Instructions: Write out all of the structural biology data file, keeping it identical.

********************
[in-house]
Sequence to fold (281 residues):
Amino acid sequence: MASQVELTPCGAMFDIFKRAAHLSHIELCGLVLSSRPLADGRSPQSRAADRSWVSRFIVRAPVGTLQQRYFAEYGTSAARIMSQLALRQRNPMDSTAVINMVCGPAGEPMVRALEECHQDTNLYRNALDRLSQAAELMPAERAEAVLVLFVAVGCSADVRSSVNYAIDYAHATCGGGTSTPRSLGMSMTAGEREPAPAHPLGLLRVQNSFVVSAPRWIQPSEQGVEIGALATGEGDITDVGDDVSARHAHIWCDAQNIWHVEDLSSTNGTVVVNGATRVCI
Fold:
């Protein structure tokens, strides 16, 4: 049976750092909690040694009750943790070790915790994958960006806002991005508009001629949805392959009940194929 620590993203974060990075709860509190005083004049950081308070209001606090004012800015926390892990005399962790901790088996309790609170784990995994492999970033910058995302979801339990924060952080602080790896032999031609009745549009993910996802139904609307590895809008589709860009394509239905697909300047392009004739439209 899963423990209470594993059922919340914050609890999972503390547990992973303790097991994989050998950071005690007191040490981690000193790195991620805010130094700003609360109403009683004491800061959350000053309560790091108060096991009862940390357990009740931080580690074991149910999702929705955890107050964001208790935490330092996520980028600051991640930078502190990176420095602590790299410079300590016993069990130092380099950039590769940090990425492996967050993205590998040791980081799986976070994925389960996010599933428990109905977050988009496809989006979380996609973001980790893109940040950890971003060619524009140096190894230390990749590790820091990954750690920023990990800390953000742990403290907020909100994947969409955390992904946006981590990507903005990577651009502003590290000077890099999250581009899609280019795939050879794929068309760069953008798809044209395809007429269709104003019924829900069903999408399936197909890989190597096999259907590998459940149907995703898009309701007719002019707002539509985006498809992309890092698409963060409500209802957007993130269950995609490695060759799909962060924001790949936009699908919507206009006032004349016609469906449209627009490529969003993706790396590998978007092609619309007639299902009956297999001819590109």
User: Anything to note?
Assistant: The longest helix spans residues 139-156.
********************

[in-house]
Sequence to fold (281 residues):
Amino acid sequence: MASQVELTPCGAMFDIFKRAAHLSHIELCGLVLSSRPLADGRSPQSRAADRSWVSRFIVRAPVGTLQQRYFAEYGTSAARIMSQLALRQRNPMDSTAVINMVCGPAGEPMVRALEECHQDTNLYRNALDRLSQAAELMPAERAEAVLVLFVAVGCSADVRSSVNYAIDYAHATCGGGTSTPRSLGMSMTAGEREPAPAHPLGLLRVQNSFVVSAPRWIQPSEQGVEIGALATGEGDITDVGDDVSARHAHIWCDAQNIWHVEDLSSTNGTVVVNGATRVCI
Fold:
């Protein structure tokens, strides 16, 4: 049976750092909690040694009750943790070790915790994958960006806002991005508009001629949805392959009940194929 620590993203974060990075709860509190005083004049950081308070209001606090004012800015926390892990005399962790901790088996309790609170784990995994492999970033910058995302979801339990924060952080602080790896032999031609009745549009993910996802139904609307590895809008589709860009394509239905697909300047392009004739439209 899963423990209470594993059922919340914050609890999972503390547990992973303790097991994989050998950071005690007191040490981690000193790195991620805010130094700003609360109403009683004491800061959350000053309560790091108060096991009862940390357990009740931080580690074991149910999702929705955890107050964001208790935490330092996520980028600051991640930078502190990176420095602590790299410079300590016993069990130092380099950039590769940090990425492996967050993205590998040791980081799986976070994925389960996010599933428990109905977050988009496809989006979380996609973001980790893109940040950890971003060619524009140096190894230390990749590790820091990954750690920023990990800390953000742990403290907020909100994947969409955390992904946006981590990507903005990577651009502003590290000077890099999250581009899609280019795939050879794929068309760069953008798809044209395809007429269709104003019924829900069903999408399936197909890989190597096999259907590998459940149907995703898009309701007719002019707002539509985006498809992309890092698409963060409500209802957007993130269950995609490695060759799909962060924001790949936009699908919507206009006032004349016609469906449209627009490529969003993706790396590998978007092609619309007639299902009956297999001819590109």
User: Anything to note?
Assistant: The longest helix spans residues 139-156.